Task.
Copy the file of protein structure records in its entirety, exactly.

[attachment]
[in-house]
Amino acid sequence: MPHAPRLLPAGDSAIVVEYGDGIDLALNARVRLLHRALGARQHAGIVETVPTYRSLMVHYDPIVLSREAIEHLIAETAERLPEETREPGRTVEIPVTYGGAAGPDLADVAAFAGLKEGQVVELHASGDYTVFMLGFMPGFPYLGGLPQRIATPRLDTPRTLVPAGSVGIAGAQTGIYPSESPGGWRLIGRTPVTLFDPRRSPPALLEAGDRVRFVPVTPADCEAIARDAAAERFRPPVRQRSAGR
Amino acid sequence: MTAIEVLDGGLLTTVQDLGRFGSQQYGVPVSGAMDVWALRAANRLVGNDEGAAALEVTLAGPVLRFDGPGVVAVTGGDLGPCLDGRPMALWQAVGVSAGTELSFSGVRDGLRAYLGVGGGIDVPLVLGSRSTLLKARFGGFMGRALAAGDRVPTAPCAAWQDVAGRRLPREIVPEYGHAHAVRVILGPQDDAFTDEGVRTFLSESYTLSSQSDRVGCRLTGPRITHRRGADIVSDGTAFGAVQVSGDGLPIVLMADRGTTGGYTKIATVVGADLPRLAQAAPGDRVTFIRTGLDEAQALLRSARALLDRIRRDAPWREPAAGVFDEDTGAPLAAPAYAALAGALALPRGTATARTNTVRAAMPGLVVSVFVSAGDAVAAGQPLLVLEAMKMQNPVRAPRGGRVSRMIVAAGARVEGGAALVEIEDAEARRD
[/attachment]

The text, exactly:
[in-house]
Amino acid sequence: MPHAPRLLPAGDSAIVVEYGDGIDLALNARVRLLHRALGARQHAGIVETVPTYRSLMVHYDPIVLSREAIEHLIAETAERLPEETREPGRTVEIPVTYGGAAGPDLADVAAFAGLKEGQVVELHASGDYTVFMLGFMPGFPYLGGLPQRIATPRLDTPRTLVPAGSVGIAGAQTGIYPSESPGGWRLIGRTPVTLFDPRRSPPALLEAGDRVRFVPVTPADCEAIARDAAAERFRPPVRQRSAGR
Amino acid sequence: MTAIEVLDGGLLTTVQDLGRFGSQQYGVPVSGAMDVWALRAANRLVGNDEGAAALEVTLAGPVLRFDGPGVVAVTGGDLGPCLDGRPMALWQAVGVSAGTELSFSGVRDGLRAYLGVGGGIDVPLVLGSRSTLLKARFGGFMGRALAAGDRVPTAPCAAWQDVAGRRLPREIVPEYGHAHAVRVILGPQDDAFTDEGVRTFLSESYTLSSQSDRVGCRLTGPRITHRRGADIVSDGTAFGAVQVSGDGLPIVLMADRGTTGGYTKIATVVGADLPRLAQAAPGDRVTFIRTGLDEAQALLRSARALLDRIRRDAPWREPAAGVFDEDTGAPLAAPAYAALAGALALPRGTATARTNTVRAAMPGLVVSVFVSAGDAVAAGQPLLVLEAMKMQNPVRAPRGGRVSRMIVAAGARVEGGAALVEIEDAEARRD